U.S. Bond Market CollapsingWhile government data continue to show a lack of inflation in the U.S. economy, the bond market screams the opposite.

The Consumer Price Index (CPI), the most commonly quoted measure of inflation, increased only 0.1% in May after declining 0.4% in April. Since the beginning of the year, from January to May, inflation in the U.S. has edged higher by only 0.2%. (Source: Bureau of Labor Statistics, June 18, 2013.)

But the bond market says this isn’t true.

Since May, we have seen yields on U.S. bonds skyrocket. Take a look at the chart below; it shows the change in yields on 30-year U.S. bonds (indicated by the red line) and 10-year U.S. notes (marked by the blue line). Note the circled area.

US bonds skyrocket chart

Chart courtesy of www.StockCharts.com

In a matter of a few weeks, yields on 30-year U.S. bonds have jumped about 19% and 10-year note yields have skyrocketed almost 35%.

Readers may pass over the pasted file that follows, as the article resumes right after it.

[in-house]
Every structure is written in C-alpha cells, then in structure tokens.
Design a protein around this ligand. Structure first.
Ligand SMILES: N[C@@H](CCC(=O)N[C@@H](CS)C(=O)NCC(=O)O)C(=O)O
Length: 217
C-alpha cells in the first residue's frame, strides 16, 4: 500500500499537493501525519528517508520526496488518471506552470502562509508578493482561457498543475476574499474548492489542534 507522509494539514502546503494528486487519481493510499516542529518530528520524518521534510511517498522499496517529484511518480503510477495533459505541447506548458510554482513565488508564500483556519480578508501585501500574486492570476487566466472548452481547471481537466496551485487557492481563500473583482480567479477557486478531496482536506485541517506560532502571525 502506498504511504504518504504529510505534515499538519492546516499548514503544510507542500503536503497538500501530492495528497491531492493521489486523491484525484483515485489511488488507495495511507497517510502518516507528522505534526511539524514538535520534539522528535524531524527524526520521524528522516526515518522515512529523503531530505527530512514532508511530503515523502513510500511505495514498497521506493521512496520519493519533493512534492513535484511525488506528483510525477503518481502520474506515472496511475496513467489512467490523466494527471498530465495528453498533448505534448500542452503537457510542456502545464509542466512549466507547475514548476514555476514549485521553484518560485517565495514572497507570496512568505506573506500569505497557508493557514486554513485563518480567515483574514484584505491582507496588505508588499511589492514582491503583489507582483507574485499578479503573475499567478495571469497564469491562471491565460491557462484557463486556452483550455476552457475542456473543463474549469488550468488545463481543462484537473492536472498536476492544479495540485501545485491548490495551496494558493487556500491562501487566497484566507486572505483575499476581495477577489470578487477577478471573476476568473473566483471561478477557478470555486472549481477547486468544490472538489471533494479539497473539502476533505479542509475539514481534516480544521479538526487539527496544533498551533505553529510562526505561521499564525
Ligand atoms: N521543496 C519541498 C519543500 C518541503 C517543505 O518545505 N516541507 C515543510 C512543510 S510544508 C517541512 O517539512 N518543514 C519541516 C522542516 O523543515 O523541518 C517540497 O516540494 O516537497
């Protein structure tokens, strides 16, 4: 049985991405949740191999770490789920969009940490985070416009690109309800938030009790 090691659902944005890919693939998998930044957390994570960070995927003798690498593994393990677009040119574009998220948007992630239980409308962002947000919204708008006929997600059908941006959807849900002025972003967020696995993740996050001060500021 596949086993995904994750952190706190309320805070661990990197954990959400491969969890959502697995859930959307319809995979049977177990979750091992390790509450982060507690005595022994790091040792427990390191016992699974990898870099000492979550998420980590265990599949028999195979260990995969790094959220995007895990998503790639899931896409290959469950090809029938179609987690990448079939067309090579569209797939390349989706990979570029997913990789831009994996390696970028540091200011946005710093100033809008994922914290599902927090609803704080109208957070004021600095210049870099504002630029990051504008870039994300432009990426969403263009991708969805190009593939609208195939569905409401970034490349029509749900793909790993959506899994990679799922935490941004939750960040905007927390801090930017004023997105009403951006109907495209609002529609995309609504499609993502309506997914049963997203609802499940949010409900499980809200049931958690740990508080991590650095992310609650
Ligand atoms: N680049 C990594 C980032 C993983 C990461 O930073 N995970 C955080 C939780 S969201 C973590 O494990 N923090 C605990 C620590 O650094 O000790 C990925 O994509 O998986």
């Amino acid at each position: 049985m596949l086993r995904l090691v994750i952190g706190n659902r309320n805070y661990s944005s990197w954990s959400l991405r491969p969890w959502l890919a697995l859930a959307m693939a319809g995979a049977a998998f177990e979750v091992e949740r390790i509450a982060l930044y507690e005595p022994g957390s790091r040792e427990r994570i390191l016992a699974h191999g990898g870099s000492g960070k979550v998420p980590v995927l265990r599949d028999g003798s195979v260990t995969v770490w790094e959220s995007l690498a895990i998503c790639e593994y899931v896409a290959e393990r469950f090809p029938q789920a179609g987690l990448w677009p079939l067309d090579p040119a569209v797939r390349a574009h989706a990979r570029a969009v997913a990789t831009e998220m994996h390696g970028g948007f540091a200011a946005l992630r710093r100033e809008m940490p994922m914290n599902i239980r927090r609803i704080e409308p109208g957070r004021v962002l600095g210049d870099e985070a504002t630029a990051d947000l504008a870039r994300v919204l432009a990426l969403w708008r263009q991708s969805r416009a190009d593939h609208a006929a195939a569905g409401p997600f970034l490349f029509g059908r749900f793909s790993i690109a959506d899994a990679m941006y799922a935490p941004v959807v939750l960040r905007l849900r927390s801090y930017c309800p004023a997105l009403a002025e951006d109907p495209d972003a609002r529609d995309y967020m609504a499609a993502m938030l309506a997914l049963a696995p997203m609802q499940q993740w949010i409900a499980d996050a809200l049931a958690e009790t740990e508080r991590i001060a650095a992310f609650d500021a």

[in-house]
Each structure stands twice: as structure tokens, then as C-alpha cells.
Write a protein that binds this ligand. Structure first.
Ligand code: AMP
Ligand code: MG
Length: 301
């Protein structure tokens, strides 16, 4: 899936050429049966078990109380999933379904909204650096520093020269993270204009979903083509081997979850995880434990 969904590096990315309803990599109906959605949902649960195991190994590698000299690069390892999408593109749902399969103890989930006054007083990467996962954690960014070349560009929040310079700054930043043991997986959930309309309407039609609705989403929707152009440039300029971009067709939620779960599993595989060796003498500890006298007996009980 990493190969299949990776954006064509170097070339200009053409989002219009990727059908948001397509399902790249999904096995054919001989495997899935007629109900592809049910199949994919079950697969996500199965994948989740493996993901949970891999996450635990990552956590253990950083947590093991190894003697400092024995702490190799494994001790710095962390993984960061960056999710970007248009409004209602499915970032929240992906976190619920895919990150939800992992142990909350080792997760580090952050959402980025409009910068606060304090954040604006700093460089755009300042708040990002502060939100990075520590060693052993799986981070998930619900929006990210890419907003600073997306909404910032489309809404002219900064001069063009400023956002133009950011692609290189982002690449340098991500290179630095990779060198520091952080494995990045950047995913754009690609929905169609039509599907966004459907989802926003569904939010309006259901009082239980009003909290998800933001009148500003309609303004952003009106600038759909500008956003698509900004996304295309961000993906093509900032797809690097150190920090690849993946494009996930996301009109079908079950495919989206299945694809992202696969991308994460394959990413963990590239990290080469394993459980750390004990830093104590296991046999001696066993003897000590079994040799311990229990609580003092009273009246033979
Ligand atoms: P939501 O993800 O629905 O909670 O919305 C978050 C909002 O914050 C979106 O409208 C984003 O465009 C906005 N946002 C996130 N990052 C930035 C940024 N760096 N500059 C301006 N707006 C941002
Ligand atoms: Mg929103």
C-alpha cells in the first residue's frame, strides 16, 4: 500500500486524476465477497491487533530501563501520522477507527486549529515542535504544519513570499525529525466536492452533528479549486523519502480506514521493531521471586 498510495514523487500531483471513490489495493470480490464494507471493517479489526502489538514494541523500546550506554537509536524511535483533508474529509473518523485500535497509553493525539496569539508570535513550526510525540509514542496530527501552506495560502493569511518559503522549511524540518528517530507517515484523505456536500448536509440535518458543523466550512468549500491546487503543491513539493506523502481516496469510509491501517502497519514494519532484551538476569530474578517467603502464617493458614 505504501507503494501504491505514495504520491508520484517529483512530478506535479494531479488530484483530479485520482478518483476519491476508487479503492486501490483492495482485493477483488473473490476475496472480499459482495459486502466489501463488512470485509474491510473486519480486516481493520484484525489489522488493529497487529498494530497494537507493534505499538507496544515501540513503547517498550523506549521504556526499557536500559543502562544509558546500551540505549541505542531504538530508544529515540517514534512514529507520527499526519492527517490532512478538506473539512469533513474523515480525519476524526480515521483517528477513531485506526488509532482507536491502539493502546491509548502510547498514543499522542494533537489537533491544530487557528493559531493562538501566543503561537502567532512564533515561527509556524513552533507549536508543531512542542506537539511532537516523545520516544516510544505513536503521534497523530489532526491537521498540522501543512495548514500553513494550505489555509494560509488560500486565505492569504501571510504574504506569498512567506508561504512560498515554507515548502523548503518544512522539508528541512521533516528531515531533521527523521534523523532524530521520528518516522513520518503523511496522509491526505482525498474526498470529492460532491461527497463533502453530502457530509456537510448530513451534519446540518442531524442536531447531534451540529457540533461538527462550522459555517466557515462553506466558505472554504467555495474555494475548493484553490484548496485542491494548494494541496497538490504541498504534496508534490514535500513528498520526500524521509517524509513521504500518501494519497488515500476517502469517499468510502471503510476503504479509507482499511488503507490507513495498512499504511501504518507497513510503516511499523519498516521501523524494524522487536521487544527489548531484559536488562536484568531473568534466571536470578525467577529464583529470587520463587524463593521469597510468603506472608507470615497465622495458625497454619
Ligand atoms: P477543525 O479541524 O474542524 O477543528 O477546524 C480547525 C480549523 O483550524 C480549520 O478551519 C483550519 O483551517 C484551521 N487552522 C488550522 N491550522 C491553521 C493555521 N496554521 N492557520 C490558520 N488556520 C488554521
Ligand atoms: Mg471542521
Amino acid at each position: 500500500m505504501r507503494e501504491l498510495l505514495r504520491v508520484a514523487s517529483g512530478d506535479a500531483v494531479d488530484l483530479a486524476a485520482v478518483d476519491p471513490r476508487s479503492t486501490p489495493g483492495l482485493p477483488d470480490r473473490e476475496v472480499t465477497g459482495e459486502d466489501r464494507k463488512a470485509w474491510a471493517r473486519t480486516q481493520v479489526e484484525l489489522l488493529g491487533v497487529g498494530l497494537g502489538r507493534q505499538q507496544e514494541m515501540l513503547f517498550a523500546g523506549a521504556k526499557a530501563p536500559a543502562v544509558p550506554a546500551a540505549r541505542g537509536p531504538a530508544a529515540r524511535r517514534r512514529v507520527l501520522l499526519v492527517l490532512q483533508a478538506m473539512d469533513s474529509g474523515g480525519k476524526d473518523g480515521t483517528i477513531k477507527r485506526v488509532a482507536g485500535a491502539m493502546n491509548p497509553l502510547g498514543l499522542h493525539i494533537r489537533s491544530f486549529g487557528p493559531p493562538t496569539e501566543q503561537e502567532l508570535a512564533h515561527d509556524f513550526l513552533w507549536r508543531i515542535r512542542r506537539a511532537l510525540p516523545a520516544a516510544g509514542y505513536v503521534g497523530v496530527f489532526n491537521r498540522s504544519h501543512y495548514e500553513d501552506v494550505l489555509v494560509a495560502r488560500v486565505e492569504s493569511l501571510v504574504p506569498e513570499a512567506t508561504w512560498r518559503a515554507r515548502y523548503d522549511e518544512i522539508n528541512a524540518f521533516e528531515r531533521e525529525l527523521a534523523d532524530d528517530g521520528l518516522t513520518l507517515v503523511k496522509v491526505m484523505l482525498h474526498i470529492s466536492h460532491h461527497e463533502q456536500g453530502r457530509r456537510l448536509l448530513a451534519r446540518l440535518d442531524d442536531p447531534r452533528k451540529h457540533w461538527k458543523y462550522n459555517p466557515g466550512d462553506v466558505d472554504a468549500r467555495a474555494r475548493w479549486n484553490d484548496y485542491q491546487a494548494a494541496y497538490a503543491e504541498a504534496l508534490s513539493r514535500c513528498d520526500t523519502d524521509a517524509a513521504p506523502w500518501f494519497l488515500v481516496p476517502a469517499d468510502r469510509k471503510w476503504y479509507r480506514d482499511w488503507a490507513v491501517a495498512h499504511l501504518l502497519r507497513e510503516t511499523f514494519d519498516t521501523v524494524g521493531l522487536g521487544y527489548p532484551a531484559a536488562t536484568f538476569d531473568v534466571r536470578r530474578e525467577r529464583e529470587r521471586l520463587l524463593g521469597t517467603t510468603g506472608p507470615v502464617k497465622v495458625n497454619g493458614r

This is dangerous for bond investors. As the yields on bonds climb higher, their prices slide lower, bond investors face losses…and they’re fleeing the bond market.

For the week ended June 5, long-term bond mutual funds witnessed an outflow of $10.9 billion. Looking at it on a monthly basis, the long-term bond mutual funds haven’t seen an outflow since December of 2008. This month may just be the first since then. (Source: Investment Company Institute, June 12, 2013.)

Even the foreigners, who have been providing credit to the U.S. economy, seem to be running toward the exit. According to Treasury International Capital Data, in April, foreign residents were net sellers of long-term U.S. bonds. Private foreign investors accounted for net sales of $17.8 billion in U.S. bonds, and foreign official institutions’ net sales of U.S. bonds were $6.9 billion. (Source: U.S. Department of the Treasury, June 14, 2013.)

Dear reader, inflation is the biggest enemy of the bond market. When inflation increases, bond prices decline and yields soar.